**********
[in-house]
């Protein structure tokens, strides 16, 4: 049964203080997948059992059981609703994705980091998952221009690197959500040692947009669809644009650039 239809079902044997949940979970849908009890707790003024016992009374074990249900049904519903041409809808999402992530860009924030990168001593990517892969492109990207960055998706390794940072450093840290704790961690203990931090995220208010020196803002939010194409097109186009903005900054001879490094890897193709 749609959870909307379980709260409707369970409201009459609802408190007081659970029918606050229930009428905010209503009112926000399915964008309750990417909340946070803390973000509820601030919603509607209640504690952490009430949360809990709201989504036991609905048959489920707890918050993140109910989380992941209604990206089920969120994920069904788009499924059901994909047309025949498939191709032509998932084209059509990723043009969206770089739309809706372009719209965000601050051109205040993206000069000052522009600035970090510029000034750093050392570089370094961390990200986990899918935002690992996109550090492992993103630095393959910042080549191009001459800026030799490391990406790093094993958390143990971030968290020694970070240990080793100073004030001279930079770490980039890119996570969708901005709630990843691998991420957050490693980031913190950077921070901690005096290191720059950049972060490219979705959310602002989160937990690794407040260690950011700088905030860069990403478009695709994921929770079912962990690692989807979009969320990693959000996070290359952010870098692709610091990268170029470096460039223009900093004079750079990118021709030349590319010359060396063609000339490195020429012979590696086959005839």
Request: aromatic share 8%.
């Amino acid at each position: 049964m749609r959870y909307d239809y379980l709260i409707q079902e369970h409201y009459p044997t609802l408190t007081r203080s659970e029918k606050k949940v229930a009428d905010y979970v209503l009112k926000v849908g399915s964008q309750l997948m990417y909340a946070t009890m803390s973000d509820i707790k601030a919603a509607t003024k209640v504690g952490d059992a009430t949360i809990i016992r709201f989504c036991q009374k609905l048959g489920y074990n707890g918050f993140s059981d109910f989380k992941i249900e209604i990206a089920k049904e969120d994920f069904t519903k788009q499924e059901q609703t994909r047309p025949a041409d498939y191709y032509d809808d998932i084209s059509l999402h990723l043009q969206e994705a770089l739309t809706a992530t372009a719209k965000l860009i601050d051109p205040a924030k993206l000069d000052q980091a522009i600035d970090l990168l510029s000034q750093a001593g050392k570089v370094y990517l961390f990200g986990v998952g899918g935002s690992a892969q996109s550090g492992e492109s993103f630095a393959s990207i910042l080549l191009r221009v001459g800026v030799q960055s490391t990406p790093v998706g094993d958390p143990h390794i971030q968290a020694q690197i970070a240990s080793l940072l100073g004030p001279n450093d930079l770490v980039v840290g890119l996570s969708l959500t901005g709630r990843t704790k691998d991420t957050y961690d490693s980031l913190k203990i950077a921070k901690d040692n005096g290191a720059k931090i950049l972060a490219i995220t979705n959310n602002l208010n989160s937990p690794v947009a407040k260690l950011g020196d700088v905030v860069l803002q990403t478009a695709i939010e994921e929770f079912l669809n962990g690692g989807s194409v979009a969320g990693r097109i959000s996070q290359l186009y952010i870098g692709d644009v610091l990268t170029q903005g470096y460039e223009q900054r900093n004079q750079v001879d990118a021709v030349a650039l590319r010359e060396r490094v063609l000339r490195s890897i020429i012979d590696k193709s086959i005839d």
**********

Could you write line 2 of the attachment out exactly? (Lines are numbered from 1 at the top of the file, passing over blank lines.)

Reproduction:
């Protein structure tokens, strides 16, 4: 049964203080997948059992059981609703994705980091998952221009690197959500040692947009669809644009650039 239809079902044997949940979970849908009890707790003024016992009374074990249900049904519903041409809808999402992530860009924030990168001593990517892969492109990207960055998706390794940072450093840290704790961690203990931090995220208010020196803002939010194409097109186009903005900054001879490094890897193709 749609959870909307379980709260409707369970409201009459609802408190007081659970029918606050229930009428905010209503009112926000399915964008309750990417909340946070803390973000509820601030919603509607209640504690952490009430949360809990709201989504036991609905048959489920707890918050993140109910989380992941209604990206089920969120994920069904788009499924059901994909047309025949498939191709032509998932084209059509990723043009969206770089739309809706372009719209965000601050051109205040993206000069000052522009600035970090510029000034750093050392570089370094961390990200986990899918935002690992996109550090492992993103630095393959910042080549191009001459800026030799490391990406790093094993958390143990971030968290020694970070240990080793100073004030001279930079770490980039890119996570969708901005709630990843691998991420957050490693980031913190950077921070901690005096290191720059950049972060490219979705959310602002989160937990690794407040260690950011700088905030860069990403478009695709994921929770079912962990690692989807979009969320990693959000996070290359952010870098692709610091990268170029470096460039223009900093004079750079990118021709030349590319010359060396063609000339490195020429012979590696086959005839």